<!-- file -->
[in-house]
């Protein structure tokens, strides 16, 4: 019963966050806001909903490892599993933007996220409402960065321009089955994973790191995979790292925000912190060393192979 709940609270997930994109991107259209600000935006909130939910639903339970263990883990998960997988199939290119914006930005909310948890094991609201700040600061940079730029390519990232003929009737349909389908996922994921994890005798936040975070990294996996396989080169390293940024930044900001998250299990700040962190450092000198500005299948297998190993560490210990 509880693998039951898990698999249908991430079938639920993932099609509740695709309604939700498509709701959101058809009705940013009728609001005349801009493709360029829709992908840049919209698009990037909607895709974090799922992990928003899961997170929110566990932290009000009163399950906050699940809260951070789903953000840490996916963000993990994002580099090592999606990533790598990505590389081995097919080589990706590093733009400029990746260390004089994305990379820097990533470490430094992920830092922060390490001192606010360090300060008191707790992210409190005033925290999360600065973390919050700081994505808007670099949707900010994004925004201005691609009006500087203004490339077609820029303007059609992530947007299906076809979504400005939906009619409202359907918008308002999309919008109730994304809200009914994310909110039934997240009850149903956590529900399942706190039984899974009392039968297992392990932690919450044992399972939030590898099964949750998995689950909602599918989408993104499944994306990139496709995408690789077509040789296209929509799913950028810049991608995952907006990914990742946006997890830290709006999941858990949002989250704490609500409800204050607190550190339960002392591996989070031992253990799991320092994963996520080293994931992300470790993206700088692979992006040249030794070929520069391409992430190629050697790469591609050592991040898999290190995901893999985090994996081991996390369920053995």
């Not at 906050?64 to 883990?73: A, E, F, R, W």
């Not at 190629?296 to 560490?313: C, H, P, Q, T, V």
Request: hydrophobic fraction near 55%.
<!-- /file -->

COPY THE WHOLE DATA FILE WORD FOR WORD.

[in-house]
């Protein structure tokens, strides 16, 4: 019963966050806001909903490892599993933007996220409402960065321009089955994973790191995979790292925000912190060393192979 709940609270997930994109991107259209600000935006909130939910639903339970263990883990998960997988199939290119914006930005909310948890094991609201700040600061940079730029390519990232003929009737349909389908996922994921994890005798936040975070990294996996396989080169390293940024930044900001998250299990700040962190450092000198500005299948297998190993560490210990 509880693998039951898990698999249908991430079938639920993932099609509740695709309604939700498509709701959101058809009705940013009728609001005349801009493709360029829709992908840049919209698009990037909607895709974090799922992990928003899961997170929110566990932290009000009163399950906050699940809260951070789903953000840490996916963000993990994002580099090592999606990533790598990505590389081995097919080589990706590093733009400029990746260390004089994305990379820097990533470490430094992920830092922060390490001192606010360090300060008191707790992210409190005033925290999360600065973390919050700081994505808007670099949707900010994004925004201005691609009006500087203004490339077609820029303007059609992530947007299906076809979504400005939906009619409202359907918008308002999309919008109730994304809200009914994310909110039934997240009850149903956590529900399942706190039984899974009392039968297992392990932690919450044992399972939030590898099964949750998995689950909602599918989408993104499944994306990139496709995408690789077509040789296209929509799913950028810049991608995952907006990914990742946006997890830290709006999941858990949002989250704490609500409800204050607190550190339960002392591996989070031992253990799991320092994963996520080293994931992300470790993206700088692979992006040249030794070929520069391409992430190629050697790469591609050592991040898999290190995901893999985090994996081991996390369920053995």
């Not at 906050?64 to 883990?73: A, E, F, R, W």
């Not at 190629?296 to 560490?313: C, H, P, Q, T, V």
Request: hydrophobic fraction near 55%.